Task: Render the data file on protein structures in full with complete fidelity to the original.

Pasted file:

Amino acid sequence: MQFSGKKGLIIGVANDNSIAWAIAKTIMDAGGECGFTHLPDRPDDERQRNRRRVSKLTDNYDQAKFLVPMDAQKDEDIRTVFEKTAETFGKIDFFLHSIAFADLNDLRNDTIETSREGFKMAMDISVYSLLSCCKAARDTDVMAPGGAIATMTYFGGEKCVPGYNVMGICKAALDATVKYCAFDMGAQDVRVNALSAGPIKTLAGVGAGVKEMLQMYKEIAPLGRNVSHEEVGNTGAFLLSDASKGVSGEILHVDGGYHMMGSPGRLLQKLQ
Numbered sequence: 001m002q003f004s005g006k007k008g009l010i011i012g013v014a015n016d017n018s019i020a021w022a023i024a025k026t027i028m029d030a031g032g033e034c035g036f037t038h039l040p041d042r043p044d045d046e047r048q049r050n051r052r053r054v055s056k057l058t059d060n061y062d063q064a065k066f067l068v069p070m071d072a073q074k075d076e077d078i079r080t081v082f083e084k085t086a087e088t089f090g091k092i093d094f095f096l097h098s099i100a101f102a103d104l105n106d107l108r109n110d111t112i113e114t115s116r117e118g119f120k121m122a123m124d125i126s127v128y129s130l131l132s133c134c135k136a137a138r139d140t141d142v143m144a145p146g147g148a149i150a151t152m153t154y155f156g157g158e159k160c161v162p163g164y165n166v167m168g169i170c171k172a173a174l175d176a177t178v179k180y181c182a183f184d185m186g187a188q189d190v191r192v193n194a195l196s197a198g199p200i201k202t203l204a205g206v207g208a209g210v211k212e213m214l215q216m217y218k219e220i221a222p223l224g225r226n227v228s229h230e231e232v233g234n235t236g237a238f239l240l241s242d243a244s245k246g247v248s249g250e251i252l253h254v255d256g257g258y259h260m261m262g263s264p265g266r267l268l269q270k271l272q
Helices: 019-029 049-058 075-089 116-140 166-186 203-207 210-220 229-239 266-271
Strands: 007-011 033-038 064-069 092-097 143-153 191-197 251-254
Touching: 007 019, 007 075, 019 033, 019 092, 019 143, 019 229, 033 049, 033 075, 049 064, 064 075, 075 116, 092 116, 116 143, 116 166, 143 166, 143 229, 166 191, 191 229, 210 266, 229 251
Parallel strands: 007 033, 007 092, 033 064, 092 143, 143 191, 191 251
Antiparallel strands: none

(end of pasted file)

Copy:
Amino acid sequence: MQFSGKKGLIIGVANDNSIAWAIAKTIMDAGGECGFTHLPDRPDDERQRNRRRVSKLTDNYDQAKFLVPMDAQKDEDIRTVFEKTAETFGKIDFFLHSIAFADLNDLRNDTIETSREGFKMAMDISVYSLLSCCKAARDTDVMAPGGAIATMTYFGGEKCVPGYNVMGICKAALDATVKYCAFDMGAQDVRVNALSAGPIKTLAGVGAGVKEMLQMYKEIAPLGRNVSHEEVGNTGAFLLSDASKGVSGEILHVDGGYHMMGSPGRLLQKLQ
Numbered sequence: 001m002q003f004s005g006k007k008g009l010i011i012g013v014a015n016d017n018s019i020a021w022a023i024a025k026t027i028m029d030a031g032g033e034c035g036f037t038h039l040p041d042r043p044d045d046e047r048q049r050n051r052r053r054v055s056k057l058t059d060n061y062d063q064a065k066f067l068v069p070m071d072a073q074k075d076e077d078i079r080t081v082f083e084k085t086a087e088t089f090g091k092i093d094f095f096l097h098s099i100a101f102a103d104l105n106d107l108r109n110d111t112i113e114t115s116r117e118g119f120k121m122a123m124d125i126s127v128y129s130l131l132s133c134c135k136a137a138r139d140t141d142v143m144a145p146g147g148a149i150a151t152m153t154y155f156g157g158e159k160c161v162p163g164y165n166v167m168g169i170c171k172a173a174l175d176a177t178v179k180y181c182a183f184d185m186g187a188q189d190v191r192v193n194a195l196s197a198g199p200i201k202t203l204a205g206v207g208a209g210v211k212e213m214l215q216m217y218k219e220i221a222p223l224g225r226n227v228s229h230e231e232v233g234n235t236g237a238f239l240l241s242d243a244s245k246g247v248s249g250e251i252l253h254v255d256g257g258y259h260m261m262g263s264p265g266r267l268l269q270k271l272q
Helices: 019-029 049-058 075-089 116-140 166-186 203-207 210-220 229-239 266-271
Strands: 007-011 033-038 064-069 092-097 143-153 191-197 251-254
Touching: 007 019, 007 075, 019 033, 019 092, 019 143, 019 229, 033 049, 033 075, 049 064, 064 075, 075 116, 092 116, 116 143, 116 166, 143 166, 143 229, 166 191, 191 229, 210 266, 229 251
Parallel strands: 007 033, 007 092, 033 064, 092 143, 143 191, 191 251
Antiparallel strands: none